Gadget
Now Reading
Mid-range smartphones are where it’s at, not flagships
0

Mid-range smartphones are where it’s at, not flagships

by Vyncent ChanAugust 9, 2019
What's your reaction?
TMM
0%
Me Gusta
100%
Potato
0%
Sad Reacc
0%
Angery
0%

I remember a time when I would say, “don’t buy anything less than a flagship”. Back then, smartphones were still somewhat in their infancy. Only at flagship-tier price points could you ever get a device that’s usable. Good cameras, powerful chipsets and sharp displays were alien to anything other than the crème de la crème of any self-respecting smartphone maker’s lineup. But that has since changed.

Mid-range chipsets nowadays pack a real punch

More than enough horsepower for whatever you need.

A flagship chipset back in the day was something like the Snapdragon 800, and the mid-range chipsets back then were just downright underpowered. The Snapdragon 615, anyone? It didn’t offer enough performance at all, and it ran hot. But now we have processors like the Snapdragon 730, which are plenty powerful for most practical usage scenarios. We do have even more powerful flagship-class processors nowadays, but do we really need that much power in a smartphone? I mean, a Snapdragon 855 is literally powerful enough to run Windows. We could do with less, and pay less too.

Aside from a processor’s raw horsepower, another factor to consider is its efficiency. In smartphones, efficiency can arguably be more important than raw performance. A chipset’s efficiency is somewhat linked to the chip manufacturing process used. Just earlier this year, only flagship chipsets like the Exynos 9820 can be made on the 8nm FinFET process node. Now? Even mid-range ones like Snapdragon 730 are manufactured on the 8nm node.

You might score better features while paying less

And while processing power is an area which mid-range smartphones may never match their pricier flagship brethren, many a mid-range now offer cameras that match, if not outperform, flagships. Some flagships are still hung up on 12MP cameras while the mid-range market has quickly creeped up to 48MP sensors. I am not saying that a higher resolution is better, but the Sony IMX586 sensors, in combination with great processing, can easily outperform the aforementioned flagships.

In smartphone maker’s quest to bring even greater value to make their devices even more enticing, many of them have added even more flagship-tier features into their mid-range offerings. While many flagships are still stuck with either a notch or a cutout, the Xiaomi Mi 9T is already touting a bezel-less, notch-less AMOLED display.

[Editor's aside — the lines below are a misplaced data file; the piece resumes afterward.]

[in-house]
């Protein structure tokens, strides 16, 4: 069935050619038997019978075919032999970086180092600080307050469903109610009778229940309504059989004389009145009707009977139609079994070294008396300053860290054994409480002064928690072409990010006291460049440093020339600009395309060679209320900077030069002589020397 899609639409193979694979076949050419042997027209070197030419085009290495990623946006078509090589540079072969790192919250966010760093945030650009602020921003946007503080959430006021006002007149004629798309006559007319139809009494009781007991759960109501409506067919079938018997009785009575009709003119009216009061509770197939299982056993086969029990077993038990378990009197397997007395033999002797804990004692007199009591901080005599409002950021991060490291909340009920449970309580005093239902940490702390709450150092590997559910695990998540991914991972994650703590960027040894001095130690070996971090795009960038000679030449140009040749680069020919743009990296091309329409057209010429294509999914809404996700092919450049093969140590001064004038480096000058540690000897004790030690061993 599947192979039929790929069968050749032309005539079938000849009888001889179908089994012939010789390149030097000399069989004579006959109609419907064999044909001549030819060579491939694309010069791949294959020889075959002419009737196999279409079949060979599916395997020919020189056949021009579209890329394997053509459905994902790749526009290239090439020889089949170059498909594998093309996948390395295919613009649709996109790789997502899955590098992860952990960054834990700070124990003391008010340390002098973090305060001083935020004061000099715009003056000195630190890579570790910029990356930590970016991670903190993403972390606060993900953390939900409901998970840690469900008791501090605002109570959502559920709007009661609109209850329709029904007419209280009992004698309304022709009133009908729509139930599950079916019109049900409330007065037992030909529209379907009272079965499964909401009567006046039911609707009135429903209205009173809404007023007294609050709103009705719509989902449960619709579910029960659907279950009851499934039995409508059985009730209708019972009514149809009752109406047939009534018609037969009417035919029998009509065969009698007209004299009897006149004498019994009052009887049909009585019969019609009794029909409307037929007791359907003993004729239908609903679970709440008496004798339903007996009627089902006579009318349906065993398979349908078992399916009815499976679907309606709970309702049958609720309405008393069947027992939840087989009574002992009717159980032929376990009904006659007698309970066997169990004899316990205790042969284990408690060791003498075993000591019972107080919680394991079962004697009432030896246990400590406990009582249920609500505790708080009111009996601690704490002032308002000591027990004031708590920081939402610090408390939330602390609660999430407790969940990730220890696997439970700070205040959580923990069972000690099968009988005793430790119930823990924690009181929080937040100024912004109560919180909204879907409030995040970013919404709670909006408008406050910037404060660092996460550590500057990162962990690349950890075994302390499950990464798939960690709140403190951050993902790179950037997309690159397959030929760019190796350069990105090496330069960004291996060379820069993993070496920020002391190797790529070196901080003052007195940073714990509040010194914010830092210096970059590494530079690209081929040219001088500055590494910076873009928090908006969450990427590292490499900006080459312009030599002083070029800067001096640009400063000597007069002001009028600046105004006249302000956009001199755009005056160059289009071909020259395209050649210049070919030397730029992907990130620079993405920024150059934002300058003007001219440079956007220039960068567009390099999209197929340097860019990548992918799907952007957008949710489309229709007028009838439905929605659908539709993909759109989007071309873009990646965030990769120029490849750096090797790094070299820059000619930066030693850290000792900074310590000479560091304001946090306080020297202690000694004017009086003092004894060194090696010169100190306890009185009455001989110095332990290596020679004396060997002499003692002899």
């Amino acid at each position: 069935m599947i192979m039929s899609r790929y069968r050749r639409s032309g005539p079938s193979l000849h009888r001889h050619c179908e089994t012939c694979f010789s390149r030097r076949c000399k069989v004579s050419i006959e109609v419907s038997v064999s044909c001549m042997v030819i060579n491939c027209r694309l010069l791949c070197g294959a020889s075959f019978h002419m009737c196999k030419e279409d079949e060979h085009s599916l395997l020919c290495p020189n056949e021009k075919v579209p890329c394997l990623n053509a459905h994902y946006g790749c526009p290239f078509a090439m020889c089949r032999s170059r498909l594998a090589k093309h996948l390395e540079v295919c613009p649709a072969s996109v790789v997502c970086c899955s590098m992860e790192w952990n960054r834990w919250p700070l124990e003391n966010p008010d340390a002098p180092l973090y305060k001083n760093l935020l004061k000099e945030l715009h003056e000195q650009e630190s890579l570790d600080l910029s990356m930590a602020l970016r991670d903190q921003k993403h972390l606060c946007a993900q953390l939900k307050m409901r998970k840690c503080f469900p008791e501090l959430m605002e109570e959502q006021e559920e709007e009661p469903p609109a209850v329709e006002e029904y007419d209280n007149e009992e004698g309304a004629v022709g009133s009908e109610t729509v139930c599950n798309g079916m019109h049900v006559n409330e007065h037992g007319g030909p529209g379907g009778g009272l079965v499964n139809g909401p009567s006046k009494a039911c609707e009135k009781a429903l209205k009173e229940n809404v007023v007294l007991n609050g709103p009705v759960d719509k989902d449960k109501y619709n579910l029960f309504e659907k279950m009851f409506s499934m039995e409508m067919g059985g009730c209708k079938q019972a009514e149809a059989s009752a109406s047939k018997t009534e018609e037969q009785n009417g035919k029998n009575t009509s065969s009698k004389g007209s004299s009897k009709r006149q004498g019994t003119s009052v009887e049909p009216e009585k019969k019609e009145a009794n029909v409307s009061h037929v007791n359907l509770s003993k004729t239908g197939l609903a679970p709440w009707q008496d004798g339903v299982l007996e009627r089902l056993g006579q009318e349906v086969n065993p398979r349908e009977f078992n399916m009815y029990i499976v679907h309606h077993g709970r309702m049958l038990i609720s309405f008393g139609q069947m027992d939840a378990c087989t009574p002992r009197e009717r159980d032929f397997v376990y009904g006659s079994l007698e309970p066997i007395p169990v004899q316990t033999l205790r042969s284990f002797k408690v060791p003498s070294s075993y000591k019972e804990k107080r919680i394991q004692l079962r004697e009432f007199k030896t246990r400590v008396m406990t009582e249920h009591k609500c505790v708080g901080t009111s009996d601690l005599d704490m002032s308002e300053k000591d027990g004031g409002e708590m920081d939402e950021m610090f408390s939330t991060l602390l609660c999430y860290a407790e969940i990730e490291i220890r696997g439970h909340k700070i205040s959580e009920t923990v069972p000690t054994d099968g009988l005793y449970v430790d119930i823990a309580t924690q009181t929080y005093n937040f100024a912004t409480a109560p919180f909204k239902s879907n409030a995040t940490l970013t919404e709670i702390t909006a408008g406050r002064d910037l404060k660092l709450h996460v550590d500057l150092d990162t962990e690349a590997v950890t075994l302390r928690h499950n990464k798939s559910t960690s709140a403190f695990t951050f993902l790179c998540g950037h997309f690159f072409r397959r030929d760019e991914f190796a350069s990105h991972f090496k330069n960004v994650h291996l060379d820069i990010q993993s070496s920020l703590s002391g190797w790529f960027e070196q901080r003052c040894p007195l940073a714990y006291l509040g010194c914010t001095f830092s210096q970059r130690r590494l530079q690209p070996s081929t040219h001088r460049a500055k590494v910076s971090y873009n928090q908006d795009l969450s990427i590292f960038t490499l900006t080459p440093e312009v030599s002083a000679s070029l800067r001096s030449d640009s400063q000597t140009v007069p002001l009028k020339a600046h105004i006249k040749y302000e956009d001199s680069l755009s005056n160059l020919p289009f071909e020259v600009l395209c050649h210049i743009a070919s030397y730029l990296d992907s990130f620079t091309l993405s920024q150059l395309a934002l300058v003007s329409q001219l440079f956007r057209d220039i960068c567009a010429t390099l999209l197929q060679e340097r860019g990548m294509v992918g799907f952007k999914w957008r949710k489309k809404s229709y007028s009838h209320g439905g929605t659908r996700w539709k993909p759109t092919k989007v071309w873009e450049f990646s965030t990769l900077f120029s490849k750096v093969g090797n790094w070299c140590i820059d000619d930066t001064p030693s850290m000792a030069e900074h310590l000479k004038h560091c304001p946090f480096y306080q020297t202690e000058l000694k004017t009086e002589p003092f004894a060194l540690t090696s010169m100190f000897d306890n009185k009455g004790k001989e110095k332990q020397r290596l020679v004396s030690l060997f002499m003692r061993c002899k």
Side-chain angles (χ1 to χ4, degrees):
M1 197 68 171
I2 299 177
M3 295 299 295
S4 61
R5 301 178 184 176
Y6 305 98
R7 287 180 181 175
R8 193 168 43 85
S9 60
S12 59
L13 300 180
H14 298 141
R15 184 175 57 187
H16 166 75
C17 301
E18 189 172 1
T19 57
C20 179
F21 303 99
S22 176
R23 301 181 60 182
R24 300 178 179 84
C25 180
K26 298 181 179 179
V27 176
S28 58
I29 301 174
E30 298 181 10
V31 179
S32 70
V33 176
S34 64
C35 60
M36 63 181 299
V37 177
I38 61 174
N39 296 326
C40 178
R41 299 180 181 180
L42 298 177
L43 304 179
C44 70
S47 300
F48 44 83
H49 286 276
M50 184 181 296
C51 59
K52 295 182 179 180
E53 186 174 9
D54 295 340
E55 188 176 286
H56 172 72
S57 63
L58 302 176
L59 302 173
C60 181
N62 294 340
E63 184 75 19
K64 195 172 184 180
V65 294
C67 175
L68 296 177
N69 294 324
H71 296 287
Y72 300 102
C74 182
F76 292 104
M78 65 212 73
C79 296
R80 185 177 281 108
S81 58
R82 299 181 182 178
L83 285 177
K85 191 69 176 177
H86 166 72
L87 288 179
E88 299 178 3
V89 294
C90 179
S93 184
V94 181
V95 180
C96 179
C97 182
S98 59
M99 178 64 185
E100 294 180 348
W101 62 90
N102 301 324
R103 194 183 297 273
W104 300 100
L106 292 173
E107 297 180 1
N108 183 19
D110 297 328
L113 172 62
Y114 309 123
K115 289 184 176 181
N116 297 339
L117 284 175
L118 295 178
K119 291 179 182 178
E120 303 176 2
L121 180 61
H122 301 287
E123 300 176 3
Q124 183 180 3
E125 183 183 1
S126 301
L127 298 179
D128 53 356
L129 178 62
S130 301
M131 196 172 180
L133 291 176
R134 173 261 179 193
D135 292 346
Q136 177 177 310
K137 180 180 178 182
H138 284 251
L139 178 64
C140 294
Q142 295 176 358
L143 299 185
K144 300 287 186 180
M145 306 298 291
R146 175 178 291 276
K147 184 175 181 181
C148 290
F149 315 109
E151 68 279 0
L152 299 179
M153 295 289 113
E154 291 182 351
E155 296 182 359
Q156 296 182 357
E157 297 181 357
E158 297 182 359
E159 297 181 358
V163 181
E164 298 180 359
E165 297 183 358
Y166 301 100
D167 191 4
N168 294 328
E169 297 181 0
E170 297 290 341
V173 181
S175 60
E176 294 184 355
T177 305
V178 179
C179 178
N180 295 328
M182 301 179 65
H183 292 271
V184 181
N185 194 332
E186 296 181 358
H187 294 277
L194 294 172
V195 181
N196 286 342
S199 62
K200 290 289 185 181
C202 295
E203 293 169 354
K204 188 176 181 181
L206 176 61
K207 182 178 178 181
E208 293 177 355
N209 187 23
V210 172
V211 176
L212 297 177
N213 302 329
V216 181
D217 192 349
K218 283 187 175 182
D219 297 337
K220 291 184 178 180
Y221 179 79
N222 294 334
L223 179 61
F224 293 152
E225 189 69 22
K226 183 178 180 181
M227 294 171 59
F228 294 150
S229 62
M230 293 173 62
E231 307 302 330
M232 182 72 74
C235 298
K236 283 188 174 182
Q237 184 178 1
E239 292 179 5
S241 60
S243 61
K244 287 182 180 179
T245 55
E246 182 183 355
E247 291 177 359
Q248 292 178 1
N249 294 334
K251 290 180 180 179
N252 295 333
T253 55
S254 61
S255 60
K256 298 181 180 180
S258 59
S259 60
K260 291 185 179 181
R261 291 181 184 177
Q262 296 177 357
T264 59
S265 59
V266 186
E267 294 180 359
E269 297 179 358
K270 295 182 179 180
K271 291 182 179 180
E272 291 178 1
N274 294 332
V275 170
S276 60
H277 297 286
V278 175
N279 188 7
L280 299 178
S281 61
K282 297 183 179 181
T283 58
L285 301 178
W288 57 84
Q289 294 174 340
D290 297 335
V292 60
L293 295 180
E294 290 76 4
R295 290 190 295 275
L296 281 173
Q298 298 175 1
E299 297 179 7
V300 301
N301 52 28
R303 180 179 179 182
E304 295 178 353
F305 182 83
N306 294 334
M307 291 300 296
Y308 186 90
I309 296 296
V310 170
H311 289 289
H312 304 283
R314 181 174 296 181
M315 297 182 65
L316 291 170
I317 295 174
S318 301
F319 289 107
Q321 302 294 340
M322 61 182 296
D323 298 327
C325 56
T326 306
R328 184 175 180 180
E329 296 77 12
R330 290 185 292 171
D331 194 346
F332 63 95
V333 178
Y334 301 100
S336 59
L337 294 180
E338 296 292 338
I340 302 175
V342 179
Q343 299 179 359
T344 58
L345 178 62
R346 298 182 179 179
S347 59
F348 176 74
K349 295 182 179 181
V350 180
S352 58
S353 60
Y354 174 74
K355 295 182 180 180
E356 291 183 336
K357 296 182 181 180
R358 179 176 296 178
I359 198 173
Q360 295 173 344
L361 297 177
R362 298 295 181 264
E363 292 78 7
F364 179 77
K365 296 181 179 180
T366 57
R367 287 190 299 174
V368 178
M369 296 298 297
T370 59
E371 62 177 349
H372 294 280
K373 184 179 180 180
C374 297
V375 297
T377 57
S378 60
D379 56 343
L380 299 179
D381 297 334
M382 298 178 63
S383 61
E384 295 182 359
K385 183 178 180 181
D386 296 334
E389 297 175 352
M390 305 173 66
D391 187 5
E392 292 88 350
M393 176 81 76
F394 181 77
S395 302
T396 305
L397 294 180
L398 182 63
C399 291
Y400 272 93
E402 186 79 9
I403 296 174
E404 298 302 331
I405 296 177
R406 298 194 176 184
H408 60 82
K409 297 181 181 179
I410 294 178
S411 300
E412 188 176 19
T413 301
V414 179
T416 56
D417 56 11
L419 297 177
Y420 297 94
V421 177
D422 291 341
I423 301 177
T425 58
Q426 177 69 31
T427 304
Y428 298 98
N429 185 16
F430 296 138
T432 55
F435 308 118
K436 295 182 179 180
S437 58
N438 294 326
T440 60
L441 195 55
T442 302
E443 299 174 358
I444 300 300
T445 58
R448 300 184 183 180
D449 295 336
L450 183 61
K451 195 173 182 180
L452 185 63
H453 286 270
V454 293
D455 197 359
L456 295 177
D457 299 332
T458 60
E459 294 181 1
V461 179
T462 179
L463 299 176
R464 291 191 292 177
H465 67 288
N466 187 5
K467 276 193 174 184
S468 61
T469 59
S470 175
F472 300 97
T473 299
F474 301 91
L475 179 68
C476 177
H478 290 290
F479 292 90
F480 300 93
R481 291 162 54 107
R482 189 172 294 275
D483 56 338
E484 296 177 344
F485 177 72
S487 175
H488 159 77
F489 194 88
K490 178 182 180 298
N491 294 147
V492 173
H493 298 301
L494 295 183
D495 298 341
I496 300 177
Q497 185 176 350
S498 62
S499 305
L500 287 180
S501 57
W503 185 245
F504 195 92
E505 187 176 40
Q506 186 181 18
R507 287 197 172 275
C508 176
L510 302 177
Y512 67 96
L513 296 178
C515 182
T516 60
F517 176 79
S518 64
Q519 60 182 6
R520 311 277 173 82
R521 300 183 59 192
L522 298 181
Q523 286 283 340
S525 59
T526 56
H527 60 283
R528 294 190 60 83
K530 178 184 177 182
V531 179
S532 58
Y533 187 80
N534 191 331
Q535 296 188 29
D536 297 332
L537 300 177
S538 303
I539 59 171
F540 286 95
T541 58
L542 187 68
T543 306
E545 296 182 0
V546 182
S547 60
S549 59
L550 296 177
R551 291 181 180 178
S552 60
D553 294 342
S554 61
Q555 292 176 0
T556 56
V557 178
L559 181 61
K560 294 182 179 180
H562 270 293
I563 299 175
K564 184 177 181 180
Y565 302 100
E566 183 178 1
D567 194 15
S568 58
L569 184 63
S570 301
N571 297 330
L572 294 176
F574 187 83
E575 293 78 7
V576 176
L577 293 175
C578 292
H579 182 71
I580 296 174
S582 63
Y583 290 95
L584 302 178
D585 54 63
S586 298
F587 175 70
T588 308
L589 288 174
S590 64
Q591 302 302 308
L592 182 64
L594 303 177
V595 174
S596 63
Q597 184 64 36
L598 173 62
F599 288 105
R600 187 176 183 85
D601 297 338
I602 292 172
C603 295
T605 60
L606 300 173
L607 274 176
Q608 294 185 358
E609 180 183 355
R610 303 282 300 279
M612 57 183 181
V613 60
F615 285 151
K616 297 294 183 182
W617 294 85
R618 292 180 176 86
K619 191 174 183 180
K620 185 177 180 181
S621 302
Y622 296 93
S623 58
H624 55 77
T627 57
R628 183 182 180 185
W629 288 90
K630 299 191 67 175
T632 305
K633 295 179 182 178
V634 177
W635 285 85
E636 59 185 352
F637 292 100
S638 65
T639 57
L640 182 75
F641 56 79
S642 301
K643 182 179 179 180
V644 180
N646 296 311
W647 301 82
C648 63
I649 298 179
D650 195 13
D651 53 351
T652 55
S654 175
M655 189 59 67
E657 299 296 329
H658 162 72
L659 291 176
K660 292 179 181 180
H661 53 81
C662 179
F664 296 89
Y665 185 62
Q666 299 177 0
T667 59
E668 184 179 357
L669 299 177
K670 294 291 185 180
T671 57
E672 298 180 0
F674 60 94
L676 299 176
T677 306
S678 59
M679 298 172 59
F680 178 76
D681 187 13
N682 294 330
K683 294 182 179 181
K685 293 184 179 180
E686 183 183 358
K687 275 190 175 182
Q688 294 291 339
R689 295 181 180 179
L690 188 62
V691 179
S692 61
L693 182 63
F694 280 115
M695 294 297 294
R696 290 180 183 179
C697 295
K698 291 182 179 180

Less fluff, more practical

No dongles needed.

It also seems like smartphone makers are all too keen on offering less on their flagships. Headphone jack are disappearing from flagships. Why? I have no idea. Probably to emulate Apple. I dare say no one ever said

“How I wish my phone didn’t have a headphone jack.”

But hey, that’s what happening to all the flagships. On the other hand, mid-range devices like the Xiaomi Mi 9T retain the headphone jack, serving as the last bastion for smartphone users who wish to keep using their wired audio devices.

Now, I must say that if you want to be on the bleeding edge of technology, you will have to pay the premium for flagships. That where you see the latest and greatest innovations. Cutting edge technology is expensive, which is why flagships are expensive. But wait a little, and the price of the latest hardware will drop. The early teething problems would also have been ironed out by then, making them more practical to implement.

Unreliable, slow and inaccurate first-gen under-display fingerprint scanner.

Remember when under-display fingerprint scanners were unreliable, and only available in devices well above RM2500? Look at them now. Just as reliable and quick as any other biometric technology, and they are now in devices that cost less than RM900.

Conclusion

To sum up, you pay less, enjoy much of the same features, and at times get to experience even more refined implementations with mid-range devices like the Xiaomi Mi 9T than you would with a flagship. The only downside is that you will have to wait a little longer than the people who can afford to splurge on flagships to enjoy certain cutting edge features like uber fast charging. But hey, when it comes down to the value proposition, you know which one will come up on top.

Are you the type who needs to have the cutting edge, here and now, or are you willing to wait a little while, until the technologies mature and trickles down to more affordable offerings? Let us know!

About The Author
Vyncent Chan
Technology enthusiast, casual gamer, pharmacy graduate. Strongly opposes proprietary standards and always on the look out for incredible bang-for-buck.

Let's Discuss It Further